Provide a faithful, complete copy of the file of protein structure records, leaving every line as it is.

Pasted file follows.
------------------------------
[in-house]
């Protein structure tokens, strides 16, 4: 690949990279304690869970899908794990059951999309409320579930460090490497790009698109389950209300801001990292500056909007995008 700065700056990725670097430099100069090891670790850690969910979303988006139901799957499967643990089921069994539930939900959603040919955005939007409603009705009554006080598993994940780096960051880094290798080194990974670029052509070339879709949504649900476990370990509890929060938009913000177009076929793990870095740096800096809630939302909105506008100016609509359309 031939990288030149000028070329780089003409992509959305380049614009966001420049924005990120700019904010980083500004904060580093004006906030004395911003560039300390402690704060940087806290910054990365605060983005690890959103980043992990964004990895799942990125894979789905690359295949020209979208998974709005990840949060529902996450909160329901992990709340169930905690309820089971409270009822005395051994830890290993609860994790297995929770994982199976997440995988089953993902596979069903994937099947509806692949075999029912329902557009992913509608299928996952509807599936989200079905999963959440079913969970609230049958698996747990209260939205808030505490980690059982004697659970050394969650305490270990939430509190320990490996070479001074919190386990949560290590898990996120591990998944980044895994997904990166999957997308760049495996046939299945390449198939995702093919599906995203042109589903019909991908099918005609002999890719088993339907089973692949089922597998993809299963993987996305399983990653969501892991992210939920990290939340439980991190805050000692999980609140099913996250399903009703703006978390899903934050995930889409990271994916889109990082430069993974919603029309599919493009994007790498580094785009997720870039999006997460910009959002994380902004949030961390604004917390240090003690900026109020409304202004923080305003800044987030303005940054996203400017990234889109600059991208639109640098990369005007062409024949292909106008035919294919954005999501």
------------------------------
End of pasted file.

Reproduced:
[in-house]
């Protein structure tokens, strides 16, 4: 690949990279304690869970899908794990059951999309409320579930460090490497790009698109389950209300801001990292500056909007995008 700065700056990725670097430099100069090891670790850690969910979303988006139901799957499967643990089921069994539930939900959603040919955005939007409603009705009554006080598993994940780096960051880094290798080194990974670029052509070339879709949504649900476990370990509890929060938009913000177009076929793990870095740096800096809630939302909105506008100016609509359309 031939990288030149000028070329780089003409992509959305380049614009966001420049924005990120700019904010980083500004904060580093004006906030004395911003560039300390402690704060940087806290910054990365605060983005690890959103980043992990964004990895799942990125894979789905690359295949020209979208998974709005990840949060529902996450909160329901992990709340169930905690309820089971409270009822005395051994830890290993609860994790297995929770994982199976997440995988089953993902596979069903994937099947509806692949075999029912329902557009992913509608299928996952509807599936989200079905999963959440079913969970609230049958698996747990209260939205808030505490980690059982004697659970050394969650305490270990939430509190320990490996070479001074919190386990949560290590898990996120591990998944980044895994997904990166999957997308760049495996046939299945390449198939995702093919599906995203042109589903019909991908099918005609002999890719088993339907089973692949089922597998993809299963993987996305399983990653969501892991992210939920990290939340439980991190805050000692999980609140099913996250399903009703703006978390899903934050995930889409990271994916889109990082430069993974919603029309599919493009994007790498580094785009997720870039999006997460910009959002994380902004949030961390604004917390240090003690900026109020409304202004923080305003800044987030303005940054996203400017990234889109600059991208639109640098990369005007062409024949292909106008035919294919954005999501």